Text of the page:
But never mind that, at least in Dublin. The Joyce estate is preparing to sue over any public readings from his work, however, thanks to (you guessed it!) copyright extensions brought on by EU legislation. Under the original copyright, Joyce’s book passed into the public domain 50 years after his death in 1941 (i.e., in 1991). The EU-mandated extension put it back in the bottle in 1995, and the estate intends to keep it there (EU copyrights are death-plus-75, not 50). So much for shared literary history. You’d think they’d see this as free marketing.

And now a bit on good laws, badly followed

Florida’s excellent sunshine laws ensure essentially any document created by government is available for anonymous public review unless specifically exempted by statute. Unfortunately, an audit conducted by 30 Floriday newspapers discovered that nearly half the agencies surveyed were unwilling to comply when requests are made by “ordinary citizens” (i.e., made by people who did not identify themselves as journalists or attorneys). Stonewalling and intimidation ruled the day in 43% of the case. In a particularly egregious example, Broward county administrator Roger Desjarlais told a volunteer “I can make your life very difficult,” and then used the Internet to obtain the volunteer’s cell phone number to enable additional harrassment.

Desjarlais defended his actions, saying that the volunteer raised suspicion when he declined to explain who he was. Officials across the state had similar misgivings about volunteers who came into their offices. They cited a number of arbitrary reasons for their suspicions, including the volunteers’ hair length, casual dress and, in one case, “the look in his eyes.”

This next bit is priceless:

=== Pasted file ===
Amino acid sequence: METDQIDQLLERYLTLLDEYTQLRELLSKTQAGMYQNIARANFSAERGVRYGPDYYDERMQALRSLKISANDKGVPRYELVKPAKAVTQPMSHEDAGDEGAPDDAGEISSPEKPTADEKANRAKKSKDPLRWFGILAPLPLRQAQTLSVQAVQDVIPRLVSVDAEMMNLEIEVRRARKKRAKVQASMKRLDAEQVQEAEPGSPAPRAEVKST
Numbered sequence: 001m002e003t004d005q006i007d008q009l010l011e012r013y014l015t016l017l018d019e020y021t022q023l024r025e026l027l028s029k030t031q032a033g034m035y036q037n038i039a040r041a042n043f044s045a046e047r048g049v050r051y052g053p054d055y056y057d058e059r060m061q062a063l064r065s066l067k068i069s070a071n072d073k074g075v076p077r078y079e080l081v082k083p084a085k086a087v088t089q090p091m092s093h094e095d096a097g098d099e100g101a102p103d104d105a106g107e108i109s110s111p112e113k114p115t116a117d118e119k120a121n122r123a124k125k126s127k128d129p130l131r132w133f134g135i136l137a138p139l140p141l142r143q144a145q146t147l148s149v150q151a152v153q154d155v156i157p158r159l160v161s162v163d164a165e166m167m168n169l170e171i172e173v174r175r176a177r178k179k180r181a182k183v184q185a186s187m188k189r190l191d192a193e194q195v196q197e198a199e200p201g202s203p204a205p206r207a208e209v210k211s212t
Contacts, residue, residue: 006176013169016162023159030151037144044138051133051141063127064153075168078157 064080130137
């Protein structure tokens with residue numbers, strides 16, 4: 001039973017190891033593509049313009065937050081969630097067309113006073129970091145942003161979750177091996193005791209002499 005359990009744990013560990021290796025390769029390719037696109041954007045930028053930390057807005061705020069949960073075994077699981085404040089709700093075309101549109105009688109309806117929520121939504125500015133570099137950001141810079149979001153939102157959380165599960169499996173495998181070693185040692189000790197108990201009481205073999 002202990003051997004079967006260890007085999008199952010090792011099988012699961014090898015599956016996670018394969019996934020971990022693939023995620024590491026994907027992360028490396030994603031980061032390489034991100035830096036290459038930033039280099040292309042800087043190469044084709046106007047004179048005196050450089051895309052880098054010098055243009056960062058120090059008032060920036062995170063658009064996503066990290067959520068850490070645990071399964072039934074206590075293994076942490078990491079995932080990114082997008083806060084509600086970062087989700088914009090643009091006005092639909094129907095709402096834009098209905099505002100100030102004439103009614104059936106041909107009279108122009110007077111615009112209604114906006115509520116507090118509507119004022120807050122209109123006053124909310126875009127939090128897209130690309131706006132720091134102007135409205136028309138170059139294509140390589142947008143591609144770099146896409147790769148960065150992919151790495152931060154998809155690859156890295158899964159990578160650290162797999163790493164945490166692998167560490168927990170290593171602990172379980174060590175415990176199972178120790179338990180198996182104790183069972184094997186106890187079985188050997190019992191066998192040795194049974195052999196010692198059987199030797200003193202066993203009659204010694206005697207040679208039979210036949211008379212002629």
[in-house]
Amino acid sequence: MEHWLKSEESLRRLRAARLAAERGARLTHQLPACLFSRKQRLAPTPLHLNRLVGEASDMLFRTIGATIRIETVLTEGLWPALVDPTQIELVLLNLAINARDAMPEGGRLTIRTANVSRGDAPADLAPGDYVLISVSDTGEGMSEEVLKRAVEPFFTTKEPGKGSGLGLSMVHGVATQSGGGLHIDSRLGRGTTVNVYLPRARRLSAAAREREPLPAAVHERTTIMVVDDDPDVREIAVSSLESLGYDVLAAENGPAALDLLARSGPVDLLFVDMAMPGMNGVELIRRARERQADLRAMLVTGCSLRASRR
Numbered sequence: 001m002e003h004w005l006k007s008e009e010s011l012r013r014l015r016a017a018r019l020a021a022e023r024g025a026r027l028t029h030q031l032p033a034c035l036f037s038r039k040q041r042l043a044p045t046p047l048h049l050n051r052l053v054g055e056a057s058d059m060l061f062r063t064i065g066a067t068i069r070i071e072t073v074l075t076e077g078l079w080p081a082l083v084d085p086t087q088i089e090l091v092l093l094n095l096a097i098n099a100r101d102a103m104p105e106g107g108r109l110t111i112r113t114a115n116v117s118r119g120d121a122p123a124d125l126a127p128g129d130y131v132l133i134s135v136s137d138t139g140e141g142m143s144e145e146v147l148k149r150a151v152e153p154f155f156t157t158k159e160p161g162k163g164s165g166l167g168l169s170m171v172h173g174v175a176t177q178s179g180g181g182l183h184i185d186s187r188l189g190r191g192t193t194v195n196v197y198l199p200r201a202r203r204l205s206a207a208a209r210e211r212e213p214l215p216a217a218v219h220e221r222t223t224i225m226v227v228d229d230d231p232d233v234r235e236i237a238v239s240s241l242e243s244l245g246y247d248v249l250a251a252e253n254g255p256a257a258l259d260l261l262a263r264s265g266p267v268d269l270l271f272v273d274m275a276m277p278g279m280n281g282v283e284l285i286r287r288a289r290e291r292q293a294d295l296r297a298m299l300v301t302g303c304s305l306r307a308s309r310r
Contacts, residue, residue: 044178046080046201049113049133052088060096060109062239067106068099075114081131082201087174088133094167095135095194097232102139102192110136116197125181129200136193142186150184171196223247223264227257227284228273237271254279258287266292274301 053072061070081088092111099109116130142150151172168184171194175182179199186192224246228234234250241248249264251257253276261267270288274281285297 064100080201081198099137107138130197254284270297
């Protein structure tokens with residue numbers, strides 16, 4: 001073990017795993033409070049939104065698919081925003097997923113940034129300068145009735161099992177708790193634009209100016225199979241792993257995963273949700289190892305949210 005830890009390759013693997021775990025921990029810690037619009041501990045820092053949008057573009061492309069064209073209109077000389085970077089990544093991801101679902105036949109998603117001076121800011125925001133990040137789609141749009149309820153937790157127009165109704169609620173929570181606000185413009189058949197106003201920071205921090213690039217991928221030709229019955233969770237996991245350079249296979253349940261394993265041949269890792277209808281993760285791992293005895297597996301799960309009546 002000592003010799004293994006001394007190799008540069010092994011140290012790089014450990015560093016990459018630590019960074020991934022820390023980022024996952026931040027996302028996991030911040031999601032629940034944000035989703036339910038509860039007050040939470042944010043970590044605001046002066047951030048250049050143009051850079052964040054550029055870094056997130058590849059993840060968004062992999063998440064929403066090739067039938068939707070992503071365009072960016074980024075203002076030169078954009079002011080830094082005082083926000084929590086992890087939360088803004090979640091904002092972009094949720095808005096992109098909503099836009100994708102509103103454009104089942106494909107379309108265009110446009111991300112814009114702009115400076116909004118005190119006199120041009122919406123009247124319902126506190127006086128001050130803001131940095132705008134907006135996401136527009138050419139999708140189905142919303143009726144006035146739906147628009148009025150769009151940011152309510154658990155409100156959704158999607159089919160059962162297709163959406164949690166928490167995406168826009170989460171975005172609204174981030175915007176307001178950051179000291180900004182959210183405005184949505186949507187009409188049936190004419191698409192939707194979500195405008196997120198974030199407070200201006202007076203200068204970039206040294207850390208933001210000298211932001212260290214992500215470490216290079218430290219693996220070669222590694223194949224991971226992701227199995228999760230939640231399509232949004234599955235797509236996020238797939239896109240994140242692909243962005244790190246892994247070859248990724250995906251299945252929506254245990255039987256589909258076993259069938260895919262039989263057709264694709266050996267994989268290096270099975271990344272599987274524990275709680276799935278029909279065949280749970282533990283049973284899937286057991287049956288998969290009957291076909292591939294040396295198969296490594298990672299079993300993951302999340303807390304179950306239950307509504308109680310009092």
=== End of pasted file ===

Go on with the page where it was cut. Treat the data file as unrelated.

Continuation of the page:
Mary Kay Cariseo, executive director of the Florida Association of Counties, said people need to understand that making a public records request can be threatening to public officials. “You’re not looking at e-mails to do something good,” she said. “You’re trying to find something. You’re trying to dig something up when we’re trying to be good public servants and run our governments.” That’s a key reason why the public records law exists, said Sandra Chance, executive director of the University of Florida’s Brechner Center, a nonprofit organization that studies and serves as a resource on public records law. The ability to inspect government records lets the public police the officials they bankroll with tax dollars.


Of course, “security” had to raise its head in the litany of bullshit excuses for not following Florida law; it’s the catch-all reason for fuzzy-headed beaurocrats everywhere:

In a post-audit interview, Taylor County Superintendent Oscar Howard said his district was hesitant to produce his cell phone bill because the volunteer wouldn’t give his name. “He could have been a terrorist,” Howard said. “We have to ensure the safety of children.” Howard couldn’t explain how a terrorist might use his cell phone bill to harm children.

Neither, of course, did Howard explain how giving a name — or even showing identification — would deter or prevent terrorists from obtaining his oh-so-sensitive cell phone bill. The rest of the nation would do well to adopt sunshine laws like Florida’s — especially if we do so on the Federal level, and hold our elected servants to the same standard. Of course, THEN where would Cheney hide his cronyism?